So then, after having set off from Puno on Tuesday night, we finally arrived at San Pedro de Atacama on Thursday morning. Situated in the middle of a desert, San Pedro is completely geared around tourists but also has a calm and relaxed vibe. It felt very chilled-out as everyone strolled down the sandy streets of the town centre, and many of the tourists seemed to be from Chile itself. After walking to our AirBnb from the bus station – and being shepherded the whole way by two dogs – we did what everyone comes here to do and booked a bunch of tours and excursions for the rest of our stay.
One of the most popular trips is to the Bolivian salt flats (Salar de Uyuni). But Bolivia’s visa costs for Randi’s American passport were onerous, and neither of us wanted another overnight trip at that point anyway. So instead we opted for three half-day trips, all of which (and here my mum would be very proud) involved getting into bodies of water.
Some added excitement was thrown into the mix when we discovered later that our tourist agency was extremely badly reviewed online. Would the buses turn up? Would they turn up and then throw us off a cliff? We worked up some backup plans but in the end everything ran (relatively) smoothly, and so now I present our three waterworlds of San Pedro de Atacama…
Tour 1: Thermal Baths
Our first trip was to the Termas Banos de Puritama, an oasis of warm pools and waterfalls in the middle of a desert valley. Aside from getting a little sunburnt we had a very relaxing morning here, testing out each of the seven pools in turn. The water was pleasantly warm but not piping hot as in some other hot springs, making it easy to stay for as long as time permitted.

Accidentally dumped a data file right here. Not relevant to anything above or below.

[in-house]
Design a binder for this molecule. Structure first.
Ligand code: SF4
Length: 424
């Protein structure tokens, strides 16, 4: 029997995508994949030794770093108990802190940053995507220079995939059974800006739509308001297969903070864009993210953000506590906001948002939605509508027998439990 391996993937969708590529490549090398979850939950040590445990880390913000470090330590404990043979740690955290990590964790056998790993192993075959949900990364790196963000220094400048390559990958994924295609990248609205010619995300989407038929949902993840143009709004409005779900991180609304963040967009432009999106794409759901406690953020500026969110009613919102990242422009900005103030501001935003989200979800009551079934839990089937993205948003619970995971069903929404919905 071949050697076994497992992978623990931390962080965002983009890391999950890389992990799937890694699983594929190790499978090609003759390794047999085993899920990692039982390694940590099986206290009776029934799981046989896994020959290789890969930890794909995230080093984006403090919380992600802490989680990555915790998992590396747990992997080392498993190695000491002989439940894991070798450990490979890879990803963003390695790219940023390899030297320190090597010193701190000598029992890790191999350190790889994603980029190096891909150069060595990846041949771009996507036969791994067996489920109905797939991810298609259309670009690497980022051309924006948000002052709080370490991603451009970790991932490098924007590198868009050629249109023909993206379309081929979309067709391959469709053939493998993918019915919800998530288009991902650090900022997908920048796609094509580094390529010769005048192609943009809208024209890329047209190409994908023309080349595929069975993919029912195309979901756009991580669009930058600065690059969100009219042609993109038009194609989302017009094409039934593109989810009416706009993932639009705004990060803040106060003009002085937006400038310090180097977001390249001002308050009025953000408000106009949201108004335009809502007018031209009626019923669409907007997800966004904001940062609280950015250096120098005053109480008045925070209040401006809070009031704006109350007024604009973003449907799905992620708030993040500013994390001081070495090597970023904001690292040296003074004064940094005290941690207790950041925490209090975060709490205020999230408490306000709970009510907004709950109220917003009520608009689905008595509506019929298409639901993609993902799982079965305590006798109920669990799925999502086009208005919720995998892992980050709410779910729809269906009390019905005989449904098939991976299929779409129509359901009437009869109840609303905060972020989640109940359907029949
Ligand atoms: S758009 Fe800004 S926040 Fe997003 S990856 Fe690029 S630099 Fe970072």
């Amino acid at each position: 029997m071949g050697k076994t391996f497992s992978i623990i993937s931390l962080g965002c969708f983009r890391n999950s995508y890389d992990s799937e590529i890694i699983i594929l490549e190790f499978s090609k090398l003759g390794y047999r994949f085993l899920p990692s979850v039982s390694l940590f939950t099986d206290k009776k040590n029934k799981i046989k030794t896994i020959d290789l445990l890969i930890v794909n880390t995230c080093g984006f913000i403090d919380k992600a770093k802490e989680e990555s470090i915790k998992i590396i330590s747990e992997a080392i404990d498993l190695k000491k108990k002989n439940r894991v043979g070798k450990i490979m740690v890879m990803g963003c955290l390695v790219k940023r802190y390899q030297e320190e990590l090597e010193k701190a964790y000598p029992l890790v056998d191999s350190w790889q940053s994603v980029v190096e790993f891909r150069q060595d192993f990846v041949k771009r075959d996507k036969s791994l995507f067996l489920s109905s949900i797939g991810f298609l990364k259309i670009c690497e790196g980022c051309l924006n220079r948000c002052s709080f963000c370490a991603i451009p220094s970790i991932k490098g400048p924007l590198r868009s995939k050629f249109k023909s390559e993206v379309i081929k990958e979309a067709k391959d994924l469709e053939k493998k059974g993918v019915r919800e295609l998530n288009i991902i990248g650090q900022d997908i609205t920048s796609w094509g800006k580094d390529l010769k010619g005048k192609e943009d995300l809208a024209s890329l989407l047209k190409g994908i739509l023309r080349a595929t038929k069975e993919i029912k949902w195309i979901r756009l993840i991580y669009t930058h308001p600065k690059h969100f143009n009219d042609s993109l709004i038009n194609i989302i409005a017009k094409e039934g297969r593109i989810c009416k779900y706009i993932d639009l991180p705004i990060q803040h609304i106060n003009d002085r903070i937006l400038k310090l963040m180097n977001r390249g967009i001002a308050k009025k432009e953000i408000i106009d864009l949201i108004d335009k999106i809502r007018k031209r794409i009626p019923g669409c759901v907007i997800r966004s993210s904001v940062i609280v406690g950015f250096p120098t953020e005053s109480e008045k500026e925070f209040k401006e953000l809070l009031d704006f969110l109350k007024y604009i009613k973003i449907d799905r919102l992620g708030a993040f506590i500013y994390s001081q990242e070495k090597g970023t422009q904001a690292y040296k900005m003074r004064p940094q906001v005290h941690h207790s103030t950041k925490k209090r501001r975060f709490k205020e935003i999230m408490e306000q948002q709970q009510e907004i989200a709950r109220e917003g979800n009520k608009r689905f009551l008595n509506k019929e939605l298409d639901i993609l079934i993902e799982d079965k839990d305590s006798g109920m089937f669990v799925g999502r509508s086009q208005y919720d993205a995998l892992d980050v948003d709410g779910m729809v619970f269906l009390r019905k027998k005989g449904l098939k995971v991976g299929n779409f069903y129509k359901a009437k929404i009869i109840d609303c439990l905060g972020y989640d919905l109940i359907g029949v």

Tour 2: Salt Lagoons
Now this was a totally new – and very cool – experience for me. The Lagunas Baltinache are a series of very salty lagoons, a couple of which are open for swimming. Or, if you prefer, just plain floating… because with so much salt, you are completely buoyant and it is nigh on impossible to sink. I had heard about this phenomenon in the Dead Sea but never felt anything like it before, and it’s a weird feeling to realise that you can just completely stop paddling and relax in the water. This was my favourite trip we did while we were here.
On the way back we had our obligatory vehicle incident when one of the tyres popped and was subsequently chewed up by the unpaved desert road. Cue us waiting in the desert for a while for the type to be swapped out.
One other disadvantage of these afternoon tours is that you are held hostage to watch the sunset, and out here the sun sets very very slowly…
Tour 3: Significantly Colder Salt Lagoons, Plus Some Jumping
In a slight faux pas, we didn’t realise that Laguna Cejar was also salty and buoyant, so the next tour repeated the same “look, I’m floating!” trick, albeit this time in much chillier water thanks to the overcast sky. But later we moved on to the Ojos del Salar (i.e. the pools you’re allowed to jump into) which I did after watching some other people go first. Finally, we drove to the beautiful Laguna Tebinquiche for another sunset 😉
Bonus Tour: Stargazing!
San Pedro de Atacama is also known for its astronomy tours, and even though the only available slot was between midnight and 2am one night we decided we couldn’t miss it. And I’m so glad we did, because it was incredible. I have never been able to see the constellations of Orion and his dog so clearly before, even though – being the Southern Hemisphere and all – they were upside down. After looking at the night sky (and shooting stars!) with our naked eyes we were given warming cups of hot chocolate while five telescopes were readied. Through these we saw a variety of objects: stars, clusters of stars, binary systems, nebulae, Mars… although, and I’m sorry to be very parochial here, the best of the lot was the incredible beauty of our own moon and its cratered surface.
I was very impressed with our guides (one of whom answered my question about planets orbiting binary star systems with the latest research) and overall the night was awe inspiring in the real and true sense of the world. It’s funny how you do think about our place in the universe just by seeing a little bit more of it.